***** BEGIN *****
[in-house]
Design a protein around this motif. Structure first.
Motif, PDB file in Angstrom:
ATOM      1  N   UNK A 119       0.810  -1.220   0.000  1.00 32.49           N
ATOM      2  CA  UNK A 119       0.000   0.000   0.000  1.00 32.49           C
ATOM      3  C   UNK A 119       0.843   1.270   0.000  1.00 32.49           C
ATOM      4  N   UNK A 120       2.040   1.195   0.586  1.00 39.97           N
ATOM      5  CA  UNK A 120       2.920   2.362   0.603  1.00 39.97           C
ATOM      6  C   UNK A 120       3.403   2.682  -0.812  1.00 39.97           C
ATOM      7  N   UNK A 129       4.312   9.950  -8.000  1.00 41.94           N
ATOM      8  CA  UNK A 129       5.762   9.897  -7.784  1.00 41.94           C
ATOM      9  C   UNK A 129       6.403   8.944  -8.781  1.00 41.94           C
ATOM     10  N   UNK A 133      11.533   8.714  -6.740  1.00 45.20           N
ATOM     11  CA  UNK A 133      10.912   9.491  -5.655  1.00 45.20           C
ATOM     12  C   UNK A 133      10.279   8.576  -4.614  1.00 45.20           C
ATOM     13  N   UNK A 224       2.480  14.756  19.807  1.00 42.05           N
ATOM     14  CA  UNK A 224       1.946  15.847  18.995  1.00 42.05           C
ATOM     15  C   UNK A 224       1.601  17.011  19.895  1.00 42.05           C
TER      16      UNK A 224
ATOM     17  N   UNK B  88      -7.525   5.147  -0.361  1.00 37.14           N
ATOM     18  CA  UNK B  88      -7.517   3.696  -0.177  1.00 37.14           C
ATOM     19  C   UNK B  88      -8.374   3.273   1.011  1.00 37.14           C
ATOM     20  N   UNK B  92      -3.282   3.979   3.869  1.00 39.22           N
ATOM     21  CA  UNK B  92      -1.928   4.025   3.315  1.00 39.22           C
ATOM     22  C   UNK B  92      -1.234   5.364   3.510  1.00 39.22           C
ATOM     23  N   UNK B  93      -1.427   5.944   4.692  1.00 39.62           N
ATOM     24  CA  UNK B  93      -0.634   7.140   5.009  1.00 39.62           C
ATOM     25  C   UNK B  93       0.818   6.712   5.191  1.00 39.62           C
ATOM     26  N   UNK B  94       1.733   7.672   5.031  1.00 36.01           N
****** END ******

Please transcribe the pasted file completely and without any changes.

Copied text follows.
[in-house]
Design a protein around this motif. Structure first.
Motif, PDB file in Angstrom:
ATOM      1  N   UNK A 119       0.810  -1.220   0.000  1.00 32.49           N
ATOM      2  CA  UNK A 119       0.000   0.000   0.000  1.00 32.49           C
ATOM      3  C   UNK A 119       0.843   1.270   0.000  1.00 32.49           C
ATOM      4  N   UNK A 120       2.040   1.195   0.586  1.00 39.97           N
ATOM      5  CA  UNK A 120       2.920   2.362   0.603  1.00 39.97           C
ATOM      6  C   UNK A 120       3.403   2.682  -0.812  1.00 39.97           C
ATOM      7  N   UNK A 129       4.312   9.950  -8.000  1.00 41.94           N
ATOM      8  CA  UNK A 129       5.762   9.897  -7.784  1.00 41.94           C
ATOM      9  C   UNK A 129       6.403   8.944  -8.781  1.00 41.94           C
ATOM     10  N   UNK A 133      11.533   8.714  -6.740  1.00 45.20           N
ATOM     11  CA  UNK A 133      10.912   9.491  -5.655  1.00 45.20           C
ATOM     12  C   UNK A 133      10.279   8.576  -4.614  1.00 45.20           C
ATOM     13  N   UNK A 224       2.480  14.756  19.807  1.00 42.05           N
ATOM     14  CA  UNK A 224       1.946  15.847  18.995  1.00 42.05           C
ATOM     15  C   UNK A 224       1.601  17.011  19.895  1.00 42.05           C
TER      16      UNK A 224
ATOM     17  N   UNK B  88      -7.525   5.147  -0.361  1.00 37.14           N
ATOM     18  CA  UNK B  88      -7.517   3.696  -0.177  1.00 37.14           C
ATOM     19  C   UNK B  88      -8.374   3.273   1.011  1.00 37.14           C
ATOM     20  N   UNK B  92      -3.282   3.979   3.869  1.00 39.22           N
ATOM     21  CA  UNK B  92      -1.928   4.025   3.315  1.00 39.22           C
ATOM     22  C   UNK B  92      -1.234   5.364   3.510  1.00 39.22           C
ATOM     23  N   UNK B  93      -1.427   5.944   4.692  1.00 39.62           N
ATOM     24  CA  UNK B  93      -0.634   7.140   5.009  1.00 39.62           C
ATOM     25  C   UNK B  93       0.818   6.712   5.191  1.00 39.62           C
ATOM     26  N   UNK B  94       1.733   7.672   5.031  1.00 36.01           N